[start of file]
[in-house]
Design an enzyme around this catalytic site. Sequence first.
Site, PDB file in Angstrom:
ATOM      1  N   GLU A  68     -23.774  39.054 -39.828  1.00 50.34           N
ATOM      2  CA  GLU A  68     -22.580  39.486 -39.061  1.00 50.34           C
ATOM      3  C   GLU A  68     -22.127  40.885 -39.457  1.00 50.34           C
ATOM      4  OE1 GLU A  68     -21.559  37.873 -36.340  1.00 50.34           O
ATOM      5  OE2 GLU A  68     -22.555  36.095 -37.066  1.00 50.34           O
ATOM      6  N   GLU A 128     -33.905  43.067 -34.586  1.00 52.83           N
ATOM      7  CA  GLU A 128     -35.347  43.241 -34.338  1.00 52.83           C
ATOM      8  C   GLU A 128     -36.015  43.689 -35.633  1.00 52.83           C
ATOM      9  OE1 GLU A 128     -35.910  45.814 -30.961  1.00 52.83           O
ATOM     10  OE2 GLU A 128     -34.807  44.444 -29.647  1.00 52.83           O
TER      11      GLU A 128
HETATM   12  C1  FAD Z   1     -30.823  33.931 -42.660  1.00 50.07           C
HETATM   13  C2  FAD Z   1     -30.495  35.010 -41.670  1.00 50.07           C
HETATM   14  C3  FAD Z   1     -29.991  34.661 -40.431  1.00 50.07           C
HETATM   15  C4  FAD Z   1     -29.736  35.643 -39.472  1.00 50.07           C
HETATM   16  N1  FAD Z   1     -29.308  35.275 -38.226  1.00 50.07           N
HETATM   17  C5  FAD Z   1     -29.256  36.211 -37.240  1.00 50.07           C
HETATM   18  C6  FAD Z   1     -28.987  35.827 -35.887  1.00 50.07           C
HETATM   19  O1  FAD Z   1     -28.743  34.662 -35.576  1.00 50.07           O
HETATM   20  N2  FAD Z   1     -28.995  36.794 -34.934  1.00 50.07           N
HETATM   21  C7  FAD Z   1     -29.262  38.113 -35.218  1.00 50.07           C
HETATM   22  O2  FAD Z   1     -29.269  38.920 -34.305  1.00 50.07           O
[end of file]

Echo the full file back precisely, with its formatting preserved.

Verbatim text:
[in-house]
Design an enzyme around this catalytic site. Sequence first.
Site, PDB file in Angstrom:
ATOM      1  N   GLU A  68     -23.774  39.054 -39.828  1.00 50.34           N
ATOM      2  CA  GLU A  68     -22.580  39.486 -39.061  1.00 50.34           C
ATOM      3  C   GLU A  68     -22.127  40.885 -39.457  1.00 50.34           C
ATOM      4  OE1 GLU A  68     -21.559  37.873 -36.340  1.00 50.34           O
ATOM      5  OE2 GLU A  68     -22.555  36.095 -37.066  1.00 50.34           O
ATOM      6  N   GLU A 128     -33.905  43.067 -34.586  1.00 52.83           N
ATOM      7  CA  GLU A 128     -35.347  43.241 -34.338  1.00 52.83           C
ATOM      8  C   GLU A 128     -36.015  43.689 -35.633  1.00 52.83           C
ATOM      9  OE1 GLU A 128     -35.910  45.814 -30.961  1.00 52.83           O
ATOM     10  OE2 GLU A 128     -34.807  44.444 -29.647  1.00 52.83           O
TER      11      GLU A 128
HETATM   12  C1  FAD Z   1     -30.823  33.931 -42.660  1.00 50.07           C
HETATM   13  C2  FAD Z   1     -30.495  35.010 -41.670  1.00 50.07           C
HETATM   14  C3  FAD Z   1     -29.991  34.661 -40.431  1.00 50.07           C
HETATM   15  C4  FAD Z   1     -29.736  35.643 -39.472  1.00 50.07           C
HETATM   16  N1  FAD Z   1     -29.308  35.275 -38.226  1.00 50.07           N
HETATM   17  C5  FAD Z   1     -29.256  36.211 -37.240  1.00 50.07           C
HETATM   18  C6  FAD Z   1     -28.987  35.827 -35.887  1.00 50.07           C
HETATM   19  O1  FAD Z   1     -28.743  34.662 -35.576  1.00 50.07           O
HETATM   20  N2  FAD Z   1     -28.995  36.794 -34.934  1.00 50.07           N
HETATM   21  C7  FAD Z   1     -29.262  38.113 -35.218  1.00 50.07           C
HETATM   22  O2  FAD Z   1     -29.269  38.920 -34.305  1.00 50.07           O